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mutual differences, and unite for the common safety. The Count, now reinstated in his former command, endeavoured to retrieve the loss of Africa; but it was then too late. He tried to draw off the barbarians, first by money, afterwards by force of arms, but without success. Being defeated in battle, he fled to Hippo, which was the strongest fortress in the country. This city, as I before observed, was the episcopal residence of our Saint; and, with the exception of Carthage and Cirtha, was almost the only one of the numerous African Sees, which had not yet been laid in ruins by the, Vandals.

In the midst of the general desolation, Augustine was the comfort, not only of his own flock, but of the whole church of Africa. Το form an idea, my brethren, of all he did, by his correspondence, his preaching, and his charities, to alleviate the sufferings of his country, you must read his life in Alban Butler; from whose excellent biographical compilation I have extracted the preceding account. But the time was now approaching, when this great saint and champion of the Church was to pass from these scenes of misery, to that better and blessed life, where misery is unknown.-In the month of May, 430, the fourth year of their invasion, the Vandals besieged Hippo by land and sea. In the third month of the siege, the holy bishop was seized with a fever; and after some weeks of illness, which time he spent in the most fervent sentiments of contrition, resignation, and love of his Redeemer, he calmly expired on the twenty-eighth day of August, in the seventy-sixth year of his age, and fortieth of his ministry.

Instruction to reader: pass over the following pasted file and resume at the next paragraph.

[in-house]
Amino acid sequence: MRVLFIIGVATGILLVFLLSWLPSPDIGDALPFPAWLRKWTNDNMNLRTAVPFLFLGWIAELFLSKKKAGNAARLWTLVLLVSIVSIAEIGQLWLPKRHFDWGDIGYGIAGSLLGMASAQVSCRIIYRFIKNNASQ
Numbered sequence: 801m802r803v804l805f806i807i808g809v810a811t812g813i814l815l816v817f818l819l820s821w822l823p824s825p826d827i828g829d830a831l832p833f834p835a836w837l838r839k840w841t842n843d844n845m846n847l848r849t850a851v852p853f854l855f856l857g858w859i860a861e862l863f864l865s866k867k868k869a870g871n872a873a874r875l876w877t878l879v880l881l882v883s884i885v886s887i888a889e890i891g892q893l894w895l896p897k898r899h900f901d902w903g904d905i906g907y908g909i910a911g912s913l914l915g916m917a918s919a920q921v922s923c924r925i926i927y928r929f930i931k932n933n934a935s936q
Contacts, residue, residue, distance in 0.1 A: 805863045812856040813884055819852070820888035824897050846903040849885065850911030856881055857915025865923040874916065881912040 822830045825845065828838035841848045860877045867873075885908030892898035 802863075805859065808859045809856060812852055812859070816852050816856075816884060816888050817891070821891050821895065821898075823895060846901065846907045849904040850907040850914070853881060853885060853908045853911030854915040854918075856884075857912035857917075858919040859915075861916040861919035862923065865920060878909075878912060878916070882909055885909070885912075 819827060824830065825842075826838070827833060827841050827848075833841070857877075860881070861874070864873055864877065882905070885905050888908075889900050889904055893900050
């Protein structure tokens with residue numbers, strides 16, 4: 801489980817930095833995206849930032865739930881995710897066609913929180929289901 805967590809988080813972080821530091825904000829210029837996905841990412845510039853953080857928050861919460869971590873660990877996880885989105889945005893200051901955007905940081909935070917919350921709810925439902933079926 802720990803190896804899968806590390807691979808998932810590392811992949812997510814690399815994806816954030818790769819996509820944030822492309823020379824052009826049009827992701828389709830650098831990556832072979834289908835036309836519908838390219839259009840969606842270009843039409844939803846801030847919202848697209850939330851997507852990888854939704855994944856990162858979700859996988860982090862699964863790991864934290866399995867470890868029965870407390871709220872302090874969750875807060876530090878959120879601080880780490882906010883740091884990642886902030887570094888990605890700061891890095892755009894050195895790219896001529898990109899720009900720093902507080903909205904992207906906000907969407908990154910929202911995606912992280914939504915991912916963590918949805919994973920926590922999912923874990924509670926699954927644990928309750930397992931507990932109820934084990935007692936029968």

How awful and unsearchable are the ways of Divine Providence! A Bishop, whose zeal had extended on all sides the dominion of Christ; a Saint, whose virtues seemed calculated to confirm all the nations in the faith; a writer, whose works not only eradicated, in his own country, the numerous sects of the day, but have been, ever since, the grand depot of spiritual armoury for all defenders of the truth, in every corner of the globe;-to say all in a word, an Augustine-dies, leaving his native land a prey to heretic barbarians! And Africa, once so Catholic; once so learned; the mother of the Tertullians, the Cyprians, the Optatus's, the Augustine's; Africa, once the pride of the Church of God, has never since raised her head from the sink of barbarism and infidelity! For though, about a hundred years after, the bra very of a Belisarius, by extinguishing the Vandal kingdom, restored, for a time, these beautiful provinces to the Roman Empire; yet, the se venth century had scarcely dawned, when Mahometanism overspread the land; and the country which had been blessed with the prayers, the preaching, and the writings of an Augustine, hs, now, for one thousand years, been polluted with the impure and barbarous superstition of the impostor of Mecca!

Oh Augustine! may Ireland never be doomed to the fate of thy unhappy country, or of those nations who have lost the Catholic Faith! May our fathers and mothers imitate thy pious and tender parent Monica! May our children obey, betimes, the religious admonitions of those, whom God and Nature have given them for the guardians of their innocence! And if any of